Keeper of the Fire- a fascinating article regarding the book by Teresa R. Kemp. Written by Dean Brown

For my readers out there, get this book!!!! I had the pleasure of briefly chatting with Author Teresa R. Kemp at the 2015 Atlanta Juneteenth Festival in 2015. Her book, 'THE KEEPER OF THE FIRE' is a groundbreaking work discussing the secret African military visual communication systems used by Igbo Metalsmiths before and during the AMERICAN civil war. She traced her African ancestry directly to an Igbo Metalsmith from Akwa, Nigeria, her great great grandfather. 

He and the other members of the Igbo metalsmithing guild used an African secret society language called 'Nsibidi' that was not understood by anyone not of the Igbo metalsmithing guild and certainly not here in colonial America. When they found themselves in this hostile situation in Colonial American Work Camps (ok plantations) and saw their country men and women and children suffering in the American plantation system in situations of imminent death, torture and forced labor, he (and others that understood the language) used their African language’s symbols as maps and messages sewn into quilts, written in dirt, along with songs and symbols to get them to places of refuge and later America’s Underground Railroad network which actually ran south east and west as well as north. The first Baptist Church in Savannah is the oldest in the nation, and has Nsibidi on the floor and ceiling indicating it was a place to hide refugees. 

In the repressive society of colonial America, African Metalsmiths could not produce the metallic arts like they would have done for the royal court, painting homes or carving the royal palace doors as they would have done in Akwa (Nigeria), but they could sew the same patterns and symbols into textiles in plantation sewing houses without anyone suspecting anything. Others even braided certain symbols of the alphabet into hairstyles. AMERICANS STILL THINK THESE ARE CIVIL WAR ERA QUILT PATTERNS!!! 

But this writing system was fully formed about 2500 years before The United States existed . . The Ibibios and Efik people taught Nsibidi to the Igbos through the Ekpe (leopard 🐆) society after the Igbo offered refuge to them following a migration. in Arochukwu, the Ibibio leaders had a secret society called Ekpe. Ekpe means leopard. The leadership operated (and still does) in an esoteric manner. Only members are privy to the innerworkings of the group.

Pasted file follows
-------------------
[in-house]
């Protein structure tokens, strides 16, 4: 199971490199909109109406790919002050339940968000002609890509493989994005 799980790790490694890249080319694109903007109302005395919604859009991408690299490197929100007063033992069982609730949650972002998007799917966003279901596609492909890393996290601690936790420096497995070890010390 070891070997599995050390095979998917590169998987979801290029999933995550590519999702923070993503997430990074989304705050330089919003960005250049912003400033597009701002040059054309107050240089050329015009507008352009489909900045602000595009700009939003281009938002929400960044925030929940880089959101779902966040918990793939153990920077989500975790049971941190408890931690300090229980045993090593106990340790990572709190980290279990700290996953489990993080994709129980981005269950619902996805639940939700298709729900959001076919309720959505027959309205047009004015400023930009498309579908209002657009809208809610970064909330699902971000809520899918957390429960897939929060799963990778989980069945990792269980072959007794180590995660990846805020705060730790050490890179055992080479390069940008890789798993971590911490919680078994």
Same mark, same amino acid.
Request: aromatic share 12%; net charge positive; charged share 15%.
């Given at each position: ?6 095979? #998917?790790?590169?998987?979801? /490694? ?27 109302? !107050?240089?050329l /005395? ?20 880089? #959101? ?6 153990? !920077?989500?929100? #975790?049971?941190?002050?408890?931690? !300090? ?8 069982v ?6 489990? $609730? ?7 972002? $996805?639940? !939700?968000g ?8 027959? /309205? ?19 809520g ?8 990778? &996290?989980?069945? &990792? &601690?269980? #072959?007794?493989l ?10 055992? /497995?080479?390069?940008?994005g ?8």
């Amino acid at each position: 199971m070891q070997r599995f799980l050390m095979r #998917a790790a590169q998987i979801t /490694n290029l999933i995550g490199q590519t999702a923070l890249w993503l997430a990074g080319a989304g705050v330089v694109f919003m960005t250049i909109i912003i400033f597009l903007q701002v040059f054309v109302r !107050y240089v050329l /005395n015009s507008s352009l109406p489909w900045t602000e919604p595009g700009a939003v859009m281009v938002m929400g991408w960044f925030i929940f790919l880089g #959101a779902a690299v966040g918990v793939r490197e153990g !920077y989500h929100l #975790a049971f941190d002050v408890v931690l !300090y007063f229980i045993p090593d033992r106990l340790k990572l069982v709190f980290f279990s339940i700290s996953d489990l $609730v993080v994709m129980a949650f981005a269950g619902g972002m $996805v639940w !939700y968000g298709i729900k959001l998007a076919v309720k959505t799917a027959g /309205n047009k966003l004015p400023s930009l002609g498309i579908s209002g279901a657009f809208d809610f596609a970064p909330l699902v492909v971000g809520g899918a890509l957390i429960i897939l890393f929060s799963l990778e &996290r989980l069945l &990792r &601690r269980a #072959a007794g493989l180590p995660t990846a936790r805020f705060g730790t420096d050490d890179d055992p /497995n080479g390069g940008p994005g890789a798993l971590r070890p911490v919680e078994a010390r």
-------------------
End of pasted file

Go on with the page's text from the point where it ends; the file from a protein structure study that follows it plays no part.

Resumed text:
They developed an elaborate system of logograms through which their ideas, knowledge, and activities were recorded. Nyibidi which means turning (going in circles), evolved into Nsibidi. Nsibidi is Ibibio for what is at play or, what's playing? Nso = what. I(as in letter "e" = is. Bidi = play or playing. NSO-I-BIDI (NSIBIDI) or NSO-I-BIRI(NSIBIRI) means what's playing? What's at play like "what's news?" They Developed this writing system called NSIBIDI around 2500 years ago, now existing as a secret society in Nigeria, surviving here in the Americas, Cuba and Central America. 'Keeper of the Flame' also has Information about the Underground Railroad Secret Quilt Code Museum, Solidly researched with 187 years of collected artifacts and textiles, documented history to preserve and teach. 

For booking info or to support her traveling exhibit & book tour, see this website: and also see this website for link to an amazing interview with Author Teresa Kemp😊  #TheAfricaYouDontSeeOnTV

Dean Brown   
Photo Credit: Dsto Moore

Dean Brown is a child of the Global movement of Roots Reggae Music. He began Producing and Performing original music in college. Dean's background in live television became fused with his passion for visual storytelling and Pan Africanism, further nurtured by his work as an innovative Indy music artist on the gobal Reggae scene and bringing Reggae to new levels of creativity to new audiences

You can follow Dean on his Facebook page

I hope you enjoyed the article. It shows us how the human race can overcome adversity and this is a particularly intriguing example which has been integrated within the Igbo culture- people of South-Eastern Nigeria, and is still in existence today.

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Jaz McKenzie~ The Word Magician

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